What is Big Think?  

We are Big Idea Hunters…

We live in a time of information abundance, which far too many of us see as information overload. With the sum total of human knowledge, past and present, at our fingertips, we’re faced with a crisis of attention: which ideas should we engage with, and why? Big Think is an evolving roadmap to the best thinking on the planet — the ideas that can help you think flexibly and act decisively in a multivariate world.

A word about Big Ideas and Themes — The architecture of Big Think

Big ideas are lenses for envisioning the future. Every article and video on bigthink.com and on our learning platforms is based on an emerging “big idea” that is significant, widely relevant, and actionable. We’re sifting the noise for the questions and insights that have the power to change all of our lives, for decades to come. For example, reverse-engineering is a big idea in that the concept is increasingly useful across multiple disciplines, from education to nanotechnology.

Themes are the seven broad umbrellas under which we organize the hundreds of big ideas that populate Big Think. They include New World Order, Earth and Beyond, 21st Century Living, Going Mental, Extreme Biology, Power and Influence, and Inventing the Future.

Big Think Features:

12,000+ Expert Videos

1

Browse videos featuring experts across a wide range of disciplines, from personal health to business leadership to neuroscience.

Watch videos

World Renowned Bloggers

2

Big Think’s contributors offer expert analysis of the big ideas behind the news.

Go to blogs

Big Think Edge

3

Big Think’s Edge learning platform for career mentorship and professional development provides engaging and actionable courses delivered by the people who are shaping our future.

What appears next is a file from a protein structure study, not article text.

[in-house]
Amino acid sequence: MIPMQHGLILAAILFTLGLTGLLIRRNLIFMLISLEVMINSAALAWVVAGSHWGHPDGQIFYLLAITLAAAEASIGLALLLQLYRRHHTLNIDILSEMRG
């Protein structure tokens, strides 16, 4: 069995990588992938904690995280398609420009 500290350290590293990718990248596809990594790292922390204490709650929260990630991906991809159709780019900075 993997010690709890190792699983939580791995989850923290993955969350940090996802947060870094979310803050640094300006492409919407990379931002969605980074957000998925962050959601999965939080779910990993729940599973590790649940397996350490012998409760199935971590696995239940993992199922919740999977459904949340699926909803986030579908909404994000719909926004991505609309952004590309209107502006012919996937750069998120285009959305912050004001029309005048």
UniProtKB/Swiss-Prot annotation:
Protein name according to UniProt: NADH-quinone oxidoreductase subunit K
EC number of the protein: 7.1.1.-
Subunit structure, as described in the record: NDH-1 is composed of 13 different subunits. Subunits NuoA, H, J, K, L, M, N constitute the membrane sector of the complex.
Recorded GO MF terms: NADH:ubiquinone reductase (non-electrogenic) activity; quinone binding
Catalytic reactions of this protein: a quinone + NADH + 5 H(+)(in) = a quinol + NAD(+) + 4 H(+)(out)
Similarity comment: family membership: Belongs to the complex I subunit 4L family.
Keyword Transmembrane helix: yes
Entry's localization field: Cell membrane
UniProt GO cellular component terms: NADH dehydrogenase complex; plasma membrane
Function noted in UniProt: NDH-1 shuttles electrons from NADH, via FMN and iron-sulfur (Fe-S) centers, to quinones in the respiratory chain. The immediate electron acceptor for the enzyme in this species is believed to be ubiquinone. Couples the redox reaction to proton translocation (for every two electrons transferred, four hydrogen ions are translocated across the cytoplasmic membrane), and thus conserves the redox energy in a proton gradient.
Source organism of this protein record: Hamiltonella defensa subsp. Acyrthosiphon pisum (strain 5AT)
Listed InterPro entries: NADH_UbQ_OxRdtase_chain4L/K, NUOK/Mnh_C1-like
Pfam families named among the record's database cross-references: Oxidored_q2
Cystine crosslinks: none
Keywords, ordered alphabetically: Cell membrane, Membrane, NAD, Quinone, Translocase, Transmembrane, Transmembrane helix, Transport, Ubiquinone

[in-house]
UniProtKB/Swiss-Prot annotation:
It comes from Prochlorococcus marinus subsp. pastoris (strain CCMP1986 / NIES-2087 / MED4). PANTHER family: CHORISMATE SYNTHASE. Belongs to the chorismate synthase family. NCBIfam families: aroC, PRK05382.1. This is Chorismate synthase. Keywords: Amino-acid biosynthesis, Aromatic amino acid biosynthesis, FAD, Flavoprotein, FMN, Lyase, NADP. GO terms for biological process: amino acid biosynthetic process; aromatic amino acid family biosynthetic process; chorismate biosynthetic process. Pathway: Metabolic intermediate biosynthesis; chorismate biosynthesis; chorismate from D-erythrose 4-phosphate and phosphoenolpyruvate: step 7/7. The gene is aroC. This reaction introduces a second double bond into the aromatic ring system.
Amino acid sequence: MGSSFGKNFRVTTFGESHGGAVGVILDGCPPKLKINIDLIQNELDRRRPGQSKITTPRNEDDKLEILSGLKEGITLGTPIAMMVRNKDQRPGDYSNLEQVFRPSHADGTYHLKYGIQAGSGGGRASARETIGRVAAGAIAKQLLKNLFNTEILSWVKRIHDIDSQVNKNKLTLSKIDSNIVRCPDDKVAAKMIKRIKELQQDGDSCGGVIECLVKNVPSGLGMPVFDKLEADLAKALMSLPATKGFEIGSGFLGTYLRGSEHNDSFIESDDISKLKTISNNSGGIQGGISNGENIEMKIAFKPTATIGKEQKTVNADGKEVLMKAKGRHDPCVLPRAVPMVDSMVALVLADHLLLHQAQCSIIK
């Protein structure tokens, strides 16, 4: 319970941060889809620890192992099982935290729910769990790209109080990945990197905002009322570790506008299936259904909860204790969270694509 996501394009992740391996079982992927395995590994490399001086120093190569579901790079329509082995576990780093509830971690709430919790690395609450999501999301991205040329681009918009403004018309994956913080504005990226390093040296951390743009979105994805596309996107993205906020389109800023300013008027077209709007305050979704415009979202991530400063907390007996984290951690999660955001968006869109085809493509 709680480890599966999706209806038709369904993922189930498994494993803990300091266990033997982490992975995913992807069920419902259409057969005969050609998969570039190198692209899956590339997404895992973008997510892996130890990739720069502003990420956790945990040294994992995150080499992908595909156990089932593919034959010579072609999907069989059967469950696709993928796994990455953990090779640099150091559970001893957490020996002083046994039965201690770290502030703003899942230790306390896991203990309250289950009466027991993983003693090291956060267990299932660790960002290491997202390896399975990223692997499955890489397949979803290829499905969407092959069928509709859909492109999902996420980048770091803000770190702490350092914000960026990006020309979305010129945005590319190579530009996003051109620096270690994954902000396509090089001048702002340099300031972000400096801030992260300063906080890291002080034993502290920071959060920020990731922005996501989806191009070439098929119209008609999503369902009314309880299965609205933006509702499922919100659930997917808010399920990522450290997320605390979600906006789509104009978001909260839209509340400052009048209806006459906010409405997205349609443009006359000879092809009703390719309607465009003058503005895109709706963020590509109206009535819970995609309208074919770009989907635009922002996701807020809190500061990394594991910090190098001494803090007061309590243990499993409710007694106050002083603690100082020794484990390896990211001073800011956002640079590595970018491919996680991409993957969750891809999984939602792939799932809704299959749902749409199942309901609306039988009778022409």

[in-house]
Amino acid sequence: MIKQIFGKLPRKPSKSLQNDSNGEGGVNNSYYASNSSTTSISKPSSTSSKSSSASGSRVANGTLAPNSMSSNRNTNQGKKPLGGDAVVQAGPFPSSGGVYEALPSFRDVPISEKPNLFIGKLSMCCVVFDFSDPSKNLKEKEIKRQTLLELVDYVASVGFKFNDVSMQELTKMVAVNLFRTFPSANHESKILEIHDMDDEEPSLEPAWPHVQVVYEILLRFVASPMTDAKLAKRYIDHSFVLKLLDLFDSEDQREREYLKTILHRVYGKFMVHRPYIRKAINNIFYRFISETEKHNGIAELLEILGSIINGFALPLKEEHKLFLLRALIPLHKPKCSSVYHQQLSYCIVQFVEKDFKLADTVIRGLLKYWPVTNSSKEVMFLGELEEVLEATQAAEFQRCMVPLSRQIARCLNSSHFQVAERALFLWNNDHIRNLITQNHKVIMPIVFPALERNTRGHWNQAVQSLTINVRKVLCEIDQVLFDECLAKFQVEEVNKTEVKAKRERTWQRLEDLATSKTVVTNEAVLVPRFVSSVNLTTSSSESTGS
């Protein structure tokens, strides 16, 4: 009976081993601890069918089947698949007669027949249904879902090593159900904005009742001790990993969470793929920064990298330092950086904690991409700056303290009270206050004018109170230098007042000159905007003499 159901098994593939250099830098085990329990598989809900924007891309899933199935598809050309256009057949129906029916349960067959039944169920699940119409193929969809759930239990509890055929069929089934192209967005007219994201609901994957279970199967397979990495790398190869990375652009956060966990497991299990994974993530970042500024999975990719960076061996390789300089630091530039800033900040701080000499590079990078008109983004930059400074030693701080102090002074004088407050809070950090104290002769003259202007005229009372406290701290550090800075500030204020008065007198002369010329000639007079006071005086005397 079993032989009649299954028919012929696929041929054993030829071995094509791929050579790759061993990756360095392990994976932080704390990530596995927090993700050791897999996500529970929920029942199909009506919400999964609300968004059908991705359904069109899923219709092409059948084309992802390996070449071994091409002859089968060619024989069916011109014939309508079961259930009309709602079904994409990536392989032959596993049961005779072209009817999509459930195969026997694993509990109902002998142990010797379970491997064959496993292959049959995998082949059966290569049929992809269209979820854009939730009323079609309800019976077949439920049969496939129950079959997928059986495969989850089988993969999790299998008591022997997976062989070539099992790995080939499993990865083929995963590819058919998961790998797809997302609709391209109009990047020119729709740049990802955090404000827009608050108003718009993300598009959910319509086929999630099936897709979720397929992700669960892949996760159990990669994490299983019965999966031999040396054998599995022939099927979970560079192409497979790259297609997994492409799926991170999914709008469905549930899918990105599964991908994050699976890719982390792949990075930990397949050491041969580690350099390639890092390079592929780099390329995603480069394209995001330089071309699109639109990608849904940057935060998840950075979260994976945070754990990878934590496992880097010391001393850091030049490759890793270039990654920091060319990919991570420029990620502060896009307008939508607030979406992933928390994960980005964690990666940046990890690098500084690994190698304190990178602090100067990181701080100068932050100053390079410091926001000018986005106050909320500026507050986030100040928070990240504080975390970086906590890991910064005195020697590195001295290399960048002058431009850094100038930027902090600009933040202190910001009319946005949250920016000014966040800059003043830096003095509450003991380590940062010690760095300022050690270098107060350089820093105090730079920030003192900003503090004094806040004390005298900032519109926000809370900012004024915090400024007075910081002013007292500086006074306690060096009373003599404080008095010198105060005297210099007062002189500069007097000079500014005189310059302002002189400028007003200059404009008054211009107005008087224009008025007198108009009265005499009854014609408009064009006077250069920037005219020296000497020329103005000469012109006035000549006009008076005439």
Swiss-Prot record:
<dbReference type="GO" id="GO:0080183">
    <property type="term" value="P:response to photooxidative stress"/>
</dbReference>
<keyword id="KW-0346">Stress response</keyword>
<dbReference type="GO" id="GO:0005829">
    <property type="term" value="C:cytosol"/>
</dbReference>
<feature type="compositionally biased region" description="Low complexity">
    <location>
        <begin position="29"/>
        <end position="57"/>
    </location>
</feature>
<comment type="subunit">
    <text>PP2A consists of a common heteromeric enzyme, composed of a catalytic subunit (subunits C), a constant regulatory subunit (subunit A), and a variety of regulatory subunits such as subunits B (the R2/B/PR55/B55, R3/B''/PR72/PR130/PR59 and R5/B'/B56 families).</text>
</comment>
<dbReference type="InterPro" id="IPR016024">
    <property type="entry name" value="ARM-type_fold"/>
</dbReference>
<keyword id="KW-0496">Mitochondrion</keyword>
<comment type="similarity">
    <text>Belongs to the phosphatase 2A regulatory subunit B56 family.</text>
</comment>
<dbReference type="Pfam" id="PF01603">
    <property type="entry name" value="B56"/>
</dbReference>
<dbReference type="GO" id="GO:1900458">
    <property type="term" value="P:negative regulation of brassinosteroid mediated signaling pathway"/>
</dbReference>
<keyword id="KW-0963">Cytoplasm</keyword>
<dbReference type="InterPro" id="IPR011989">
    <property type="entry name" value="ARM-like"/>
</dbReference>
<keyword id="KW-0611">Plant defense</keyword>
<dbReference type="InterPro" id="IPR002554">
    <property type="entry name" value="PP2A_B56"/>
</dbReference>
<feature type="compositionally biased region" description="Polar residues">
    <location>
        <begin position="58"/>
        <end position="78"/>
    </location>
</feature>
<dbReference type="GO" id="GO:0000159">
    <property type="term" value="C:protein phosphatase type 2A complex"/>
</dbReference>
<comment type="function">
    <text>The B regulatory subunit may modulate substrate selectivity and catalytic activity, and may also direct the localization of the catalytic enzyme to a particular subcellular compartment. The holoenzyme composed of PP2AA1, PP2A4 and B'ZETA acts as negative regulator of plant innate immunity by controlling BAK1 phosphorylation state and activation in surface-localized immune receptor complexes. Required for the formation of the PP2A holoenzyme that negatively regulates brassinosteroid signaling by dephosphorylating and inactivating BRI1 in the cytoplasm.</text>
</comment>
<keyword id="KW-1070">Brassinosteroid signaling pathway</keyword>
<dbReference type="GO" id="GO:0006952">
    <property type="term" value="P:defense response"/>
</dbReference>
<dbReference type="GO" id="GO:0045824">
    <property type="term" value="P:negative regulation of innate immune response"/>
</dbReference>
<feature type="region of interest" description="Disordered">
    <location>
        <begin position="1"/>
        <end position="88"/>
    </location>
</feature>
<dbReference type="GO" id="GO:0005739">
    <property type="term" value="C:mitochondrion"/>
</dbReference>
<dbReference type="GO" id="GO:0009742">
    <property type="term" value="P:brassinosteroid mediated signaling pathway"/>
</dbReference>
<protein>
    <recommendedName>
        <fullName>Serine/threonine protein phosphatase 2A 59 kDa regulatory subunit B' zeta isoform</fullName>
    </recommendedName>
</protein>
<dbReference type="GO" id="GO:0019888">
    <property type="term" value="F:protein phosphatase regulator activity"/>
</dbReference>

Find out more
Close

Does Scientific Analysis Diminish the Value of Art?

November 26, 2013, 5:26 PM
Shutterstock_148662632

Some people who love the metaphors that come out of literature and the arts want to leave those metaphors whole and untouched by analysis. For instance, why do we like those metaphors? Why do certain metaphors seem to help our thinking?

There is a sense that if someone gives a biologic explanation to why we like these things then we have somehow diminished the value. I don't think that’s true.  What is true is that you have an even deeper understanding as to why we are drawn to those metaphors to begin with. 

Why does the human always seem to like fiction? Could it be that it prepares us for unexpected things that happen in our life? In other words, we’ve already thought about things in our fantasy world or read about them in a fictitious setting and saw how those characters acted and so then when we’re confronted with it we’re ready.  We sort of live through the movie as it were.  

To understand that seems to me to make it all a richer experience.  

In Their Own Words is recorded in Big Think's studio.

Image courtesy of Shutterstock

 

 

Does Scientific Analysis Di...

Newsletter: Share: